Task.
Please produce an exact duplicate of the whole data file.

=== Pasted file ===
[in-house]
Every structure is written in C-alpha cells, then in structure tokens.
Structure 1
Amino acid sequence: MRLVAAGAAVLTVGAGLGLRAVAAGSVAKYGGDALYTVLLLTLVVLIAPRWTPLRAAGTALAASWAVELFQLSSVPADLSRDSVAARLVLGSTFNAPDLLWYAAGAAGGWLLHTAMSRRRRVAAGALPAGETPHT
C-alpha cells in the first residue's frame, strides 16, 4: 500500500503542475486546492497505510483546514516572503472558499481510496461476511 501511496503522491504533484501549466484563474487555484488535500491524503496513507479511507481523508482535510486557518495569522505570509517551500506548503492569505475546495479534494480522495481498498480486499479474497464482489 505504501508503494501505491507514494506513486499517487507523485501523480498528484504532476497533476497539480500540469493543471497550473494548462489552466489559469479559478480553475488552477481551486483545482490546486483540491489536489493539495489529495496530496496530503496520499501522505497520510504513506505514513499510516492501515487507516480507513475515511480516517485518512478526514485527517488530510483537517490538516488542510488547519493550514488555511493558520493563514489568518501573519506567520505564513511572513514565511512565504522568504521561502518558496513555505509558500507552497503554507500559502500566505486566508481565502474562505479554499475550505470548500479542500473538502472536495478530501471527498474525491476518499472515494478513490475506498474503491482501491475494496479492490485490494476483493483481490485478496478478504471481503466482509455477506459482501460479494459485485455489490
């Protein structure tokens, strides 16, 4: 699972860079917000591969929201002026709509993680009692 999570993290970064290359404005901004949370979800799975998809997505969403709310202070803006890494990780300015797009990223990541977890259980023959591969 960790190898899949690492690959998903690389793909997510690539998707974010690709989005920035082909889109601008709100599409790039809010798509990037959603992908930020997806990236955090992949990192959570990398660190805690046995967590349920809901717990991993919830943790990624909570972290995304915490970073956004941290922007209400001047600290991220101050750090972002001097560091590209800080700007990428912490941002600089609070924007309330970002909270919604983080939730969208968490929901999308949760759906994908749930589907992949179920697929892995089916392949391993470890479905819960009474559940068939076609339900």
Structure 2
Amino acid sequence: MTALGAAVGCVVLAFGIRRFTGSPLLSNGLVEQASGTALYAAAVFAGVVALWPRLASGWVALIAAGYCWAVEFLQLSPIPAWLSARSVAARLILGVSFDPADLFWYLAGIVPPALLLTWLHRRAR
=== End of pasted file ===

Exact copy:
[in-house]
Every structure is written in C-alpha cells, then in structure tokens.
Structure 1
Amino acid sequence: MRLVAAGAAVLTVGAGLGLRAVAAGSVAKYGGDALYTVLLLTLVVLIAPRWTPLRAAGTALAASWAVELFQLSSVPADLSRDSVAARLVLGSTFNAPDLLWYAAGAAGGWLLHTAMSRRRRVAAGALPAGETPHT
C-alpha cells in the first residue's frame, strides 16, 4: 500500500503542475486546492497505510483546514516572503472558499481510496461476511 501511496503522491504533484501549466484563474487555484488535500491524503496513507479511507481523508482535510486557518495569522505570509517551500506548503492569505475546495479534494480522495481498498480486499479474497464482489 505504501508503494501505491507514494506513486499517487507523485501523480498528484504532476497533476497539480500540469493543471497550473494548462489552466489559469479559478480553475488552477481551486483545482490546486483540491489536489493539495489529495496530496496530503496520499501522505497520510504513506505514513499510516492501515487507516480507513475515511480516517485518512478526514485527517488530510483537517490538516488542510488547519493550514488555511493558520493563514489568518501573519506567520505564513511572513514565511512565504522568504521561502518558496513555505509558500507552497503554507500559502500566505486566508481565502474562505479554499475550505470548500479542500473538502472536495478530501471527498474525491476518499472515494478513490475506498474503491482501491475494496479492490485490494476483493483481490485478496478478504471481503466482509455477506459482501460479494459485485455489490
């Protein structure tokens, strides 16, 4: 699972860079917000591969929201002026709509993680009692 999570993290970064290359404005901004949370979800799975998809997505969403709310202070803006890494990780300015797009990223990541977890259980023959591969 960790190898899949690492690959998903690389793909997510690539998707974010690709989005920035082909889109601008709100599409790039809010798509990037959603992908930020997806990236955090992949990192959570990398660190805690046995967590349920809901717990991993919830943790990624909570972290995304915490970073956004941290922007209400001047600290991220101050750090972002001097560091590209800080700007990428912490941002600089609070924007309330970002909270919604983080939730969208968490929901999308949760759906994908749930589907992949179920697929892995089916392949391993470890479905819960009474559940068939076609339900």
Structure 2
Amino acid sequence: MTALGAAVGCVVLAFGIRRFTGSPLLSNGLVEQASGTALYAAAVFAGVVALWPRLASGWVALIAAGYCWAVEFLQLSPIPAWLSARSVAARLILGVSFDPADLFWYLAGIVPPALLLTWLHRRAR